Should be easy to move up once a person develop and maintain at least 1st jhana (samma samadhi). It is just let go more until cessation of perception and feeling.
In conclusion, if one can reach samma samadhi/jhana and maintain it in daily life. He/she should be at non returner or above level. Can’t be less than that according to Sutta and my understanding.
Yes, but don’t forget that there is also a mental body (nāmakāya). Even with Theravāda the nimitta is still connected to the physical body, or physicality in general, since it’s a mental representation of an aspect of it.
I would also just point out that taking the suttas too literally is almost always the downfall of good sense, for example, there are not “5 senses” but probably somewhere north of 35 in humans that we know about, and the idea that for example you could take a rusty hacksaw and slowly cut off someone’s hand at the wrist while they where in 1st jhana and they simply wouldn’t notice is almost certainly as ridiculous as it sounds.
I don’t know. The universe can be a strange place at times.
As I understood the whole story the Buddha spoke about his painful practises before he understood that those practises would not lead to anywhere meaningful, and then stopped this practise, replaced them by another type (remembering that he had had a better one as a child by chance) and this allowed the process to fully awakening. So - two different practices, I wouldn’t believe, that the same technical name had been used for them over the course of teachings after the awakening. And I’m not surprised that a not-lining-up occurs when different practices are compared by a contemporary reader.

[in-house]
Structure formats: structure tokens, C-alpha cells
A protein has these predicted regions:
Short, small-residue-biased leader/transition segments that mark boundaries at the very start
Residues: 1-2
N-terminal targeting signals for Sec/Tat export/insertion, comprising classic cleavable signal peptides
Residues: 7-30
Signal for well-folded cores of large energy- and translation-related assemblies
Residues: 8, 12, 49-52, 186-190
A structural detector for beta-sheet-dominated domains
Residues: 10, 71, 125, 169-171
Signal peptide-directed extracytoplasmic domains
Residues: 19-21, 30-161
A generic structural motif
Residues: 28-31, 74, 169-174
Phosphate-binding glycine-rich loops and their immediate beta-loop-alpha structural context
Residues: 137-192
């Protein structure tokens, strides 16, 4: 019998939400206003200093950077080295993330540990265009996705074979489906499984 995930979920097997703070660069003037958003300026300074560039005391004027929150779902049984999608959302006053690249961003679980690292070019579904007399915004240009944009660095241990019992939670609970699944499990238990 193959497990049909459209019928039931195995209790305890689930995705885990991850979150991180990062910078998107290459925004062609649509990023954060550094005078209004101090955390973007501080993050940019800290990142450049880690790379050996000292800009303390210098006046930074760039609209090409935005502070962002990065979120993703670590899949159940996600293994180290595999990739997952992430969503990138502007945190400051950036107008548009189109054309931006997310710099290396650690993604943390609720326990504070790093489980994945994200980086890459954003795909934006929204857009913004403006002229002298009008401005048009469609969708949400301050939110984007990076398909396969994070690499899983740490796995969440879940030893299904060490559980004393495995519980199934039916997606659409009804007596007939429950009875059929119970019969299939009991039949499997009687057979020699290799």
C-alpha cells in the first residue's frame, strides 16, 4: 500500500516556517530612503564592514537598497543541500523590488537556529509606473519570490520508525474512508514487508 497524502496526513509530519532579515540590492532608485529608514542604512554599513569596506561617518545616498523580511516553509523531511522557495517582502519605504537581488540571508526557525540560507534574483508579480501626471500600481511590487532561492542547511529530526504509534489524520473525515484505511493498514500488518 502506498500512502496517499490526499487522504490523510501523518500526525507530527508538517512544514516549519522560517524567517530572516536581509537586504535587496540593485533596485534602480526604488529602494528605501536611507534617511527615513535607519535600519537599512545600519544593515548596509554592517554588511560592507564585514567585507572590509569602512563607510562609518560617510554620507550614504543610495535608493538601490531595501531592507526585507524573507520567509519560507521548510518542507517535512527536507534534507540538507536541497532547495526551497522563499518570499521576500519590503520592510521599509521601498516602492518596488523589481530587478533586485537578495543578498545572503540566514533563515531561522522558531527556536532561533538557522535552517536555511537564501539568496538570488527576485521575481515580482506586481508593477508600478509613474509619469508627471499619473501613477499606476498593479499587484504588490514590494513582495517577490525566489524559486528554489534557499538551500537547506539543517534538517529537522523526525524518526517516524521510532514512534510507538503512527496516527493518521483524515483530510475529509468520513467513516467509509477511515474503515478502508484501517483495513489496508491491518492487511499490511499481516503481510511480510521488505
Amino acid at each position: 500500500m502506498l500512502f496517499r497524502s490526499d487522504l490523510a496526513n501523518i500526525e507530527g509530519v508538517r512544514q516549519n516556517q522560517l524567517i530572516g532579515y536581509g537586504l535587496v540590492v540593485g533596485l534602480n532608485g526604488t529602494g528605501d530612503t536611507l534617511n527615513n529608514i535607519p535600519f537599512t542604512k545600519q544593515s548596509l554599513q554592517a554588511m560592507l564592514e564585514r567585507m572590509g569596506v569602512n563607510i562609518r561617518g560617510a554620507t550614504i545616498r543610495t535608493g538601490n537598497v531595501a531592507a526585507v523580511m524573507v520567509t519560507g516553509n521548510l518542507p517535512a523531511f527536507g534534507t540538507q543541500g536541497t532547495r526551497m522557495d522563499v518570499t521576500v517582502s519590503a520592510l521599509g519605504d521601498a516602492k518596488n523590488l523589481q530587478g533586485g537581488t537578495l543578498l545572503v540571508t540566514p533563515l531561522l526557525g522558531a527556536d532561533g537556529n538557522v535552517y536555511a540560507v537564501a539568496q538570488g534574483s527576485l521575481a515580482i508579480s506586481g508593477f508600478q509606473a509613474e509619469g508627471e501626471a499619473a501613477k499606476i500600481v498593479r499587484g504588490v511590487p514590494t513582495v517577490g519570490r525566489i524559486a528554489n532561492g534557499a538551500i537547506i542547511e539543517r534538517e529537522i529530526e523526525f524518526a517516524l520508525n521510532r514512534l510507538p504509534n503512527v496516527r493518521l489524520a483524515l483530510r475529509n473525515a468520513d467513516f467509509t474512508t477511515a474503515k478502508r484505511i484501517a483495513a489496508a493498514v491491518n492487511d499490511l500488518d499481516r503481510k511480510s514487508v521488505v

- You do not need jhana to attain Sotapanna/Sakadagami stage
- You need jhana to attain higher stages to get rid of asavas (unless point 4)
- It’s okay to attain jhana at any time of the Path and cultivating Path through jhana
- In rare occasion you may be liberated just by understanding Dhamma through right view like Bahiya, Blind Arahant and other Arahants, but I would not bet too much on this example.
You are right assāsapassāsā niruddhā honti; is not stoppage of breathing but stoppage of unwholesome states
The Bahiya passage is likely commentary.
It’s just for example, most people will anyway need to go the regular route
I understand what you’re intent is here and like the direction you’re going. However, I can think of at least three western lay meditation teachers who are clearly out in left field when it comes to jhana and they can tick at least four of the five boxes (depending on who is defining “positive” contributions )
Please take some time to consider this: do you really know what people need to become enlightend? Based on what? Studying the texts? Come on.
Just a gentle reminder.
Very interesting, thanks.